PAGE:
After meeting Dr. Maneesha, I talked to a few other interesting people at Amritapuri; here are some brief highlights. First, I met with Dr. Bipin Nair, who is working on a low-cost automated insulin pump for diabetes patients. Dr. Nair mentioned that his team is partnering with a company in Bangalore to develop an app for the device. I asked why a smartphone app would be appropriate for someone who needs a low-cost insulin pump, and Dr. Nair said that the target population for the device would be India’s middle class: people who are busy working and can’t afford automated insulin pumps, which could cost over $1000, but who also would certainly have smartphones – so that made sense. I think it’s always important to define the target population of a new device (the pump is still in development, so I couldn’t ask about public reactions to it yet).
Next, I met with Rahul, who showed me some prototypes for a wearable ECG monitor, which is one of the devices included in the remote patient monitoring system that I discussed with Dr. Maneesha. It was cool to see the evolution of the prototypes based on feedback received from Amma and other test users. The small controller, which turns the monitoring on and off, was designed to be worn around the waist as a belt. However, Amma pointed out that many Indians don’t wear clothes that could be worn with belts. Many men wear the traditional dhoti (fabric tied around the waist), which leaves no room for a belt or any belt loops. Amma suggested that the form factor of the controller be reduced to a smaller size so that it could be worn as a pendant around the neck, so that’s what Rahul and his team are working on now.
A day later, I met with engineering professor Dr. Rajesh Kannan to see his prototype for a wheelchair that can be controlled by partially paralyzed stroke patients, who are unable to use the joystick of a motorized wheelchair or the manual controls of a mechanical wheelchair. Dr. Kannan is working with various engineering students to develop software so that an app on a smartphone or tablet can be used to steer a motorized wheelchair over Bluetooth, bypassing the joystick. A patient rests their hand on the flat surface of the phone or tablet and uses simple gestures – sliding the palm forward to go forward, back to go backwards, etc. – to control the direction of the wheelchair. Shifting one’s palm on a flat surface like this is easier for many patients than manipulating a joystick. The wheelchair has only been tested with five stroke patients so far, but Dr. Kannan said that the reactions were highly positive, mostly for psychological reasons – these patients had always been dependent on others for movement, so finally having the independence to drive their wheelchair without help had great emotional benefits. The only problem with the wheelchair, of course, is cost – Dr. Kannan said that the motors for electric wheelchairs are imported, and so this type of product won’t be practically affordable until wheelchair motors are manufactured in India.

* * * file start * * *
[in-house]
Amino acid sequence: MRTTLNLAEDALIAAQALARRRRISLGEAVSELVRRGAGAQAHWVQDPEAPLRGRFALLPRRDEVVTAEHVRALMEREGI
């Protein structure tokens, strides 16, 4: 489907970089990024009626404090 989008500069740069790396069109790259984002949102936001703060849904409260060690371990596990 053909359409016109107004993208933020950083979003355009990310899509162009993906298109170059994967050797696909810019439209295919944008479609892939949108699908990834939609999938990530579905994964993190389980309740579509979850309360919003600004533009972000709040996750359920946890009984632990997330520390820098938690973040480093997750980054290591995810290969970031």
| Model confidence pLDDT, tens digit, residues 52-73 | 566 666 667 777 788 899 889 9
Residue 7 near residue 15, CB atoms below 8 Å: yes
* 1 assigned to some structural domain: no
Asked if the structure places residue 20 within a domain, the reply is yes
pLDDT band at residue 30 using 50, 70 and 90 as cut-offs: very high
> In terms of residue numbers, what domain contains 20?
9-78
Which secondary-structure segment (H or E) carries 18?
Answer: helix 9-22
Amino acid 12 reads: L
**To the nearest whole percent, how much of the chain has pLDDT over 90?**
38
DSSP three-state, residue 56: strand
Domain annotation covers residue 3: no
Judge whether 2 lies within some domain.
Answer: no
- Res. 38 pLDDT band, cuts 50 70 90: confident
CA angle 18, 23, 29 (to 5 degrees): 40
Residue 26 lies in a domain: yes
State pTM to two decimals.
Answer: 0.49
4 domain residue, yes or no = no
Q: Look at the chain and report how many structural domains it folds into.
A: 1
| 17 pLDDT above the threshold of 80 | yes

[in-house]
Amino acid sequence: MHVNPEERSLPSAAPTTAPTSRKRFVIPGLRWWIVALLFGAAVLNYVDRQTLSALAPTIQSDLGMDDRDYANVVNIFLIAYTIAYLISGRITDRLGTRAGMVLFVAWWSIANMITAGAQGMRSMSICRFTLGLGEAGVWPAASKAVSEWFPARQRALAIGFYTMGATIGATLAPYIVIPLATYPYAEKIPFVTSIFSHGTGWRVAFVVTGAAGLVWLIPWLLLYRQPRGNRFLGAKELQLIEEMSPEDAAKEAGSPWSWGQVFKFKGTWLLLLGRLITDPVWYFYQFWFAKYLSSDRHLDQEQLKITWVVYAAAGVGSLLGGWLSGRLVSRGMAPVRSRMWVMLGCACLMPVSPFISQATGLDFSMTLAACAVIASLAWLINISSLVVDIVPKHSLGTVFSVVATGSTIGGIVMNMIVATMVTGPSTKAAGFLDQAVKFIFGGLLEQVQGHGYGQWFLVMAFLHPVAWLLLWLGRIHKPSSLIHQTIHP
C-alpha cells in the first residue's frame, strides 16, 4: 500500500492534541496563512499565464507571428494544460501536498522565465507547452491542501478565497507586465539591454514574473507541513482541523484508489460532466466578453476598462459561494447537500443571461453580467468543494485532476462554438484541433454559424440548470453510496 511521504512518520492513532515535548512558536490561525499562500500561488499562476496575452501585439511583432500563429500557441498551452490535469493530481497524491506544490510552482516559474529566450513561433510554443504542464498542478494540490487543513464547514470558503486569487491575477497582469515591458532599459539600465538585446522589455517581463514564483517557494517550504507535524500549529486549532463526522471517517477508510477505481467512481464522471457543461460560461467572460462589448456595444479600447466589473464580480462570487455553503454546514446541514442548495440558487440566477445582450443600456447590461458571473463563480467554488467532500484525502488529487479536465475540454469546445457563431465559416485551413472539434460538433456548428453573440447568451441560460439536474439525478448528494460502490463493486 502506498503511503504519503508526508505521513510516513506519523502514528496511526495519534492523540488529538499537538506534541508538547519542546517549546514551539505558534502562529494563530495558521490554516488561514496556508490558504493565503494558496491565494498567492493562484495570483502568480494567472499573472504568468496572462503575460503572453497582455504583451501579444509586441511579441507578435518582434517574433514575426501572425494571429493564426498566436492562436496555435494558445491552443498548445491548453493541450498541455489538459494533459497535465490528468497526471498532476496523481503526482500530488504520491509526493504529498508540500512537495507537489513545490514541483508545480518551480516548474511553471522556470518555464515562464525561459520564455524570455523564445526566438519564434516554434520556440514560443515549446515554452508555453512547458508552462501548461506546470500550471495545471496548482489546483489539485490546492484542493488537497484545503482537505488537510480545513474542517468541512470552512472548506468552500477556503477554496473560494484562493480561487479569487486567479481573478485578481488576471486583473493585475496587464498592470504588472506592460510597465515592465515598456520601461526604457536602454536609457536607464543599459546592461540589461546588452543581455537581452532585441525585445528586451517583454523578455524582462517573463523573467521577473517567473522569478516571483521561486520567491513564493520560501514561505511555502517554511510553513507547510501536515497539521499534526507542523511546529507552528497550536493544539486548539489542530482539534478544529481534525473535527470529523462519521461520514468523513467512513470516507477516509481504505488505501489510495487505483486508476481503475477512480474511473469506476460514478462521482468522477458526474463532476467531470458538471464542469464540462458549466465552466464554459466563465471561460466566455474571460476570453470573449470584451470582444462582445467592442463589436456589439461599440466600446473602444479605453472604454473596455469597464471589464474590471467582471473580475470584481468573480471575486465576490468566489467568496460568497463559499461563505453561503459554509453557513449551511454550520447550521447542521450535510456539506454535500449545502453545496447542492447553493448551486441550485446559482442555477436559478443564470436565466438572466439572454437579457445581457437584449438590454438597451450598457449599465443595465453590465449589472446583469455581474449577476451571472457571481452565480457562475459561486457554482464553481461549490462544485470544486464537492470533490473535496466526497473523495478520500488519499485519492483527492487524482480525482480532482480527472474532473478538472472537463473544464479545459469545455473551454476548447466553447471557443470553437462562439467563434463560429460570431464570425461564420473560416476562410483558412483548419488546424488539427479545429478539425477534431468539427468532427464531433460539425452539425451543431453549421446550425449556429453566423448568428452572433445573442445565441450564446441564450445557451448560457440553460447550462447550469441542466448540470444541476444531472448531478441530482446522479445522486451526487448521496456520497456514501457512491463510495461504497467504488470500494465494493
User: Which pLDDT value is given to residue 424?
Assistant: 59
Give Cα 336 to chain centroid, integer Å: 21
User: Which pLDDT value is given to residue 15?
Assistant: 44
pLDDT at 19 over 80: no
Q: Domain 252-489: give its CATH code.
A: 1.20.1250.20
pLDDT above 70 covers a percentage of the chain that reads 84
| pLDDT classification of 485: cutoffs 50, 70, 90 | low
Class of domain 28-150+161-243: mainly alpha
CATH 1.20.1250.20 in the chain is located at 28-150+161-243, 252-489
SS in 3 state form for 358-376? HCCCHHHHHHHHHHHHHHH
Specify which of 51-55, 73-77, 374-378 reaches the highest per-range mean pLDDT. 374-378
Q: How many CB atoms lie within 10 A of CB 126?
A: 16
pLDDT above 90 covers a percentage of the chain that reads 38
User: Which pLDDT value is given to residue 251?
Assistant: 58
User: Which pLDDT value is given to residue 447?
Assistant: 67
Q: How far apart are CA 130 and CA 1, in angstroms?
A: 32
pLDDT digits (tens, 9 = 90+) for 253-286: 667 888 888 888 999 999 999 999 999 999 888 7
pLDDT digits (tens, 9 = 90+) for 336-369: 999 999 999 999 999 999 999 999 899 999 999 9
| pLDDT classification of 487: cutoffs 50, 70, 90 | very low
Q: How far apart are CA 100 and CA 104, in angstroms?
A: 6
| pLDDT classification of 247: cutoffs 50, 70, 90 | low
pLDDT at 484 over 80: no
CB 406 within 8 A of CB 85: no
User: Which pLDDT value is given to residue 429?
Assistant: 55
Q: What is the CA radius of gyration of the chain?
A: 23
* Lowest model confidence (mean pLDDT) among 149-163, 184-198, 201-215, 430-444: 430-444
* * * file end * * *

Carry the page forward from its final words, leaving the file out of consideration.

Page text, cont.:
Finally, I had a brief chat about villager attitudes with Ranjit, the point person for Amrita University’s Live-in-Labs program. Live-in-Labs allows foreign students to live in a rural village for a period of 2 weeks to 6 months, working with the locals to build sustainable solutions to various problems. I asked him what would make a medical device succeed in these sort of villages, and he mentioned many important considerations. Most of all, he said, the success of a device depends on how well it fits the lifestyle of a particular village (and village lifestyles can vary enormously throughout the country). Ranjit gave the following example: if a device that uses fingerprints for patient identification is used in a population where people’s hands are too callused to read fingerprints, that device needs to have a backup ID method such as retina scanning. Designers have to make their medical devices modular so that they can adapt to different conditions, and they have to be humble and flexible – realizing that if a villager can’t figure out the device, it’s a problem with the design and not with the villager. The designer has to keep working with the villagers to iron out the kinks of their design at each stage in the process.
Again, this is the theme of codesign, which kept coming up in my meetings at Amritapuri, along with the importance of making medical technology affordable. Since Amrita University is a non-profit, researchers don’t have to worry about making money off the devices they design. Almost every project connection I’ve made in India tells me that affordability is the main factor necessary for acceptance of medical technology here. Often, when I ask people for the second most important factor, they either mention cost again (really!), or they mention usability. It was great to hear so many people at Amritapuri talk about the important of codesign and working closely with the end user to develop something easy-to-use. I’m glad to have an academic visit to contrast with the visits I’ve had with various companies in Mumbai and Bangalore, which naturally have more corporate and cosmopolitan perspectives.